“Samuel Pepys” is immersed with a beautiful language style, grammar, and literary means. However, this is sometimes too flowery and almost begs to be a historical fiction novel encouraging Coote to just “move” on already. On the contrary, Coote does know when to dive into more detail and when to skim a topic. It is never too little or too much. Speaking of language/grammar; the editor somehow missed several spelling errors – and these were not just British annotations, as those are excused.
The balance between the political scene and the personal life of Pepys is smooth and easy to follow. Yet, Pepys – the man- emerges and the reader gets a feel for who he was. At the same time, Coote reveals the Restoration-period world, unraveling the threads of everyday life and creating a “bigger picture”. All of this is transpired without the overuse of speculation (although more quotes and notes would have been welcome).
As “Samuel Pepys” progresses, Coote seems to show a preference to Pepys’s career and political life versus that of his personal life. Although this is demonstrated by Pepys not discussing this area adamantly in his diaries; it is still disappointing. Equally absent is the focus of his personal friendship with Charles II. Even though this type of insider gossip is not as frequent; the business-end of the life of Pepys is described in quite a fascinating and understandable way making even economics fast paced.
The largest objection against “Samuel Pepys” is Coote’s plain one-dimensional view of Pepys, glorifying him and making excuses for his hypocrisy in this career, his promiscuous behavior, and his ill-treatment of his wife. Coote, in turn, poorly depicts Elizabeth Pepys and over-emphasizes the “the Puritan in him [Pepys]” (this phrase is mentioned WAY) too much and can be debated) in order to attempt to convince the reader of Pepys’s innocence.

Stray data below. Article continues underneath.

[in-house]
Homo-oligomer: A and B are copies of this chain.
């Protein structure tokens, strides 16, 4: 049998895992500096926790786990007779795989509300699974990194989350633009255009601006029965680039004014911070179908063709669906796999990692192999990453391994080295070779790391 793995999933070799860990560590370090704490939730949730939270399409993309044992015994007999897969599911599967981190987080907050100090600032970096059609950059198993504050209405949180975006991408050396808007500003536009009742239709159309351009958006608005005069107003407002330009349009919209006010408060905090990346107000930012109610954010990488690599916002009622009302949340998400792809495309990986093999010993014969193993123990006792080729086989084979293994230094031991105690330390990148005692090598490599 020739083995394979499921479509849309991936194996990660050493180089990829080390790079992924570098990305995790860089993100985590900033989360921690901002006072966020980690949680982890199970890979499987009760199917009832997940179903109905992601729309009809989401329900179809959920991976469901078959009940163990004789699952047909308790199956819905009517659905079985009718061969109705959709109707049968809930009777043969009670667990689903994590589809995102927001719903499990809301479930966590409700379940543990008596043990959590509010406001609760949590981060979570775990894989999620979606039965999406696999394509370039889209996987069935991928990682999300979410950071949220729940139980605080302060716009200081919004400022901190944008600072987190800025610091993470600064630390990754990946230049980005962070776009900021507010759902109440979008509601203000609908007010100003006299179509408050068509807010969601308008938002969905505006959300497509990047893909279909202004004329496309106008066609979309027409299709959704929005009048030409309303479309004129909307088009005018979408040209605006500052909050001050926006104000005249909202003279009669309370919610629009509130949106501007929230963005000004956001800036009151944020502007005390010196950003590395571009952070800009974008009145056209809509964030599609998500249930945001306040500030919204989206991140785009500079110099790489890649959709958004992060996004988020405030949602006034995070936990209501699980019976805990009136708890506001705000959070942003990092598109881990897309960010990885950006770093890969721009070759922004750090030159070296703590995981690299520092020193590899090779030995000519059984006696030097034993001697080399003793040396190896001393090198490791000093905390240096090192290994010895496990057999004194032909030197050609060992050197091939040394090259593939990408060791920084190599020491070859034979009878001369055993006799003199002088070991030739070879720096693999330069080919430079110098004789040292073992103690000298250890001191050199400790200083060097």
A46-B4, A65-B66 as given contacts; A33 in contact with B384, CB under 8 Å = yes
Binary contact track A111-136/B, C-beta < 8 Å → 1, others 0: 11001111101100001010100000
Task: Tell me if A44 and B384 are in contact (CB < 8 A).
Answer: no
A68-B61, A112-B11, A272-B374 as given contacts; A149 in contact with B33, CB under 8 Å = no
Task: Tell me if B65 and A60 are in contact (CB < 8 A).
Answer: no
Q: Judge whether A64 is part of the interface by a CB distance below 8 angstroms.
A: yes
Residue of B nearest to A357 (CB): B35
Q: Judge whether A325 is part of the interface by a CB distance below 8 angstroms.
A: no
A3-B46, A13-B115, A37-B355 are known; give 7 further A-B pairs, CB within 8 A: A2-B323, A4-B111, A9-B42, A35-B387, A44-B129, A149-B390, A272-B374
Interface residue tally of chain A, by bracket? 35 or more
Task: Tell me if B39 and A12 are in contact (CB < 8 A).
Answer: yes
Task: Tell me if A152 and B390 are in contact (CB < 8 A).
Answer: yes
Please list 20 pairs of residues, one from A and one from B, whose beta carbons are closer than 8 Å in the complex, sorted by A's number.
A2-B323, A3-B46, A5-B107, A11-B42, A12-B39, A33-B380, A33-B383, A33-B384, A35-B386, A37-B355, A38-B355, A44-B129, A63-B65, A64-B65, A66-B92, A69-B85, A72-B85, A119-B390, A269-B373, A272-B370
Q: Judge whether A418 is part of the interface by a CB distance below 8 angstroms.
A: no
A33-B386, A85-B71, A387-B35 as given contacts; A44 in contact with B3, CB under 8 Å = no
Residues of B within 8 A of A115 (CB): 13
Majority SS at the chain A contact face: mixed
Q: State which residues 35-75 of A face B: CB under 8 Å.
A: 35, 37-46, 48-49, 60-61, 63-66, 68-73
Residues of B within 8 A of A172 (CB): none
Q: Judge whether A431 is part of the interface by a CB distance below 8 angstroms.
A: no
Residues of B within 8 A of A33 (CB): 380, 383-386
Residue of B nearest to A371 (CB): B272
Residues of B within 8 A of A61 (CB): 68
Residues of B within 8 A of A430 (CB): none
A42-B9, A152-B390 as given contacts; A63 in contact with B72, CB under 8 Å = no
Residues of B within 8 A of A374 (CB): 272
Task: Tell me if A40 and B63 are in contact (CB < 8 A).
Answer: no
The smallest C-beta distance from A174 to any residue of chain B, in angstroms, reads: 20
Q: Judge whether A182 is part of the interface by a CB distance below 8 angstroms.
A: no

Another area never explored was whether Pepys and his wife tried or wanted to have children. Coote mentions Samuel’s medical inability to do so early on but then never mentions it again.
Coote’s writing becomes tedious and repetitive in the latter half of “Samuel Pepys”, slowing down momentum and losing some reader attention, as nothing new is truly gained and the same naval career events become jumbled together. In line with this, the ending is not as much of a sharp remembrance of a popular man as expected but does still round out the text well enough. Although “Samuel Pepys” is a better resource for understanding Pepys’s career or of the naval affairs of Stuart England versus his personal life; one still comes away with a sense of the man and a firm foundation of who he was. Generally well written by Coote; “Samuel Pepys” is suggested to those interested in the figure or Stuart England. ...more
Although everyone may have heard of William the Conqueror; less is known about his influential wife, Matilda. Tracy Borman attempts to open the windowAlthough everyone may have heard of William the Conqueror; less is known about his influential wife, Matilda. Tracy Borman attempts to open the windows into Matilda’s life with “Queen of the Conquer: The Life of Matilda, Wife of William I”.
The life (and sometimes plight) of Matilda, wife of William the Conqueror; is unfortunately loose in resources. Thus, “Queen of the Conqueror” begins like many other biographies surrounding ill-documented figures by describing the world and events surrounding the individual versus his/her direct life. Although I usually find this big-picture view to be filtering of the true insight into the portrait at hand; Borman doesn’t pretend to have more information than she justly has and neither does she overdraw on speculation. Although this cuts back on the intimacy, it still opens up the world of Matilda.